Alan: Receptacle spacing in resi is 'code' so that no receptacle is greater than 6' from any point on a wall, and any wall 24" or greater has a receptacle. Basis is lamp type cords are 6' in length, and the spacing eliminates (reduces) the use of extension cords.
The counter top in kitchens is 4; spacing, as most appliances have 2' cords, and required recepts on both sides of sinks prevents cords in the sink.
I could go on-and-on as to why, but the 'code' is the code, and we have to enforce it and/or live with it.
I'm glad we have a discussion started - that was my desire ... rather than to air any particular gripe.
Alan, I think you hit the nail on the head- when you use the code to determine the design, it's the tail waving the dog.
HotLine, you brought up a good example to make my case: receptacle spacing. Strict adherence to the code rule - using your tape measure to carefully space your receptacles exactly 12-ft from each other - will nearly always result in the receptacle being placed dead-center behind the couch or the bed. For those who remember the introdiction of the AFCI, it was the 'extension cord pinched by furniture' that was the original reason we 'needed' this new technology.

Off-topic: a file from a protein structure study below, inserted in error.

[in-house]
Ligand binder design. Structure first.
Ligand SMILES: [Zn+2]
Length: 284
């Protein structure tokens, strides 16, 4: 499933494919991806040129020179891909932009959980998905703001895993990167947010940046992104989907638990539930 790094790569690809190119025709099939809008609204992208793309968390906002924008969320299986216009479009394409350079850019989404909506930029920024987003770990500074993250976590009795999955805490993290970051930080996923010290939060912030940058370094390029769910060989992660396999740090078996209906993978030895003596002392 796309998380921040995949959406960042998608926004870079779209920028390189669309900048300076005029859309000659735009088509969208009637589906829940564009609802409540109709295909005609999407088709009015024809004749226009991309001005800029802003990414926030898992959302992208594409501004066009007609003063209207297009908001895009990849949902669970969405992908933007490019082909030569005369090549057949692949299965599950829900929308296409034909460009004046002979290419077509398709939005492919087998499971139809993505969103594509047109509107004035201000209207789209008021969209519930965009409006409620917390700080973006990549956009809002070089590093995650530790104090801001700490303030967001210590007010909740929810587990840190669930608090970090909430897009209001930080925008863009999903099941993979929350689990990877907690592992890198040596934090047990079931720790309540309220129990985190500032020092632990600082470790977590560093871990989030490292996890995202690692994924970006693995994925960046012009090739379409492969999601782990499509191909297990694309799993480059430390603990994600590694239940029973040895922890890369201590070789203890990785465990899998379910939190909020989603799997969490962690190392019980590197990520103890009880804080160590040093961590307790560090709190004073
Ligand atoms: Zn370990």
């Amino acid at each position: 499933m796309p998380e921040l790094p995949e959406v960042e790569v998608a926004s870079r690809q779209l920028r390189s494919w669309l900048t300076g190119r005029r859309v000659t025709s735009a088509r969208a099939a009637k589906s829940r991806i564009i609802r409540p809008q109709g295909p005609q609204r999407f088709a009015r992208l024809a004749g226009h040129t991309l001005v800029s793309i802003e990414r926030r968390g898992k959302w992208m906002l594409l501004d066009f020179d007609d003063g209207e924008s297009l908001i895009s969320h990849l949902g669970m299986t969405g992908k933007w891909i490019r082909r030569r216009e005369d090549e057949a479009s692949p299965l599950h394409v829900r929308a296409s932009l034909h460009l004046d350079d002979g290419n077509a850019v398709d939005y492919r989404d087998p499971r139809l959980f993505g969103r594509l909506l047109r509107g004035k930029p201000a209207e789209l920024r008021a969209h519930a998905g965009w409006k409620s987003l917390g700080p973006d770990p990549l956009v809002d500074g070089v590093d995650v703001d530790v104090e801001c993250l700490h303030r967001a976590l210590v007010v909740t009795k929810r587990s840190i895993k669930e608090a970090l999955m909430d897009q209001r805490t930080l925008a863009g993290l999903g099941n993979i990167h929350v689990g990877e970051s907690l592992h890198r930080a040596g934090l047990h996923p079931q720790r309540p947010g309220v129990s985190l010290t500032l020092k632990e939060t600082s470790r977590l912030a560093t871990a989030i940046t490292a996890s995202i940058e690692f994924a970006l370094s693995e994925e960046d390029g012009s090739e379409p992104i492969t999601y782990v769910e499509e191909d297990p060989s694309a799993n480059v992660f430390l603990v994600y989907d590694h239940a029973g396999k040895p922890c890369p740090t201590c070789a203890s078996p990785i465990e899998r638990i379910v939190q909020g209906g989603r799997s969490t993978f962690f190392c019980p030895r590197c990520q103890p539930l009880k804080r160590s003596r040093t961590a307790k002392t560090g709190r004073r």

Sure. placing the receptacle behind the bed 'meets code' - but don't you think that, perhaps, we'd be better off placing the receptacles somewhere else?
I can use my screwdriver as a punch or pry bar. Ever notice that Klein ("The best in the world") will not honor their warranty if there's evidence of such use? It's their position that you have abused the tool, used it as it was never intended.
Ditto for the code. Right in the beginning it says it's not a design manual. Why do we let it be used as one? Why do customers tolerate it? After all, the housewife won't tolerate a styrofoam countertop - even if it 'meets code.'
As for the code being 'simply correct:' I'm not sure I understand that response. It has been my observation that while good design invariably meets code, 'code minimum' is rarely good design. Do you disagree?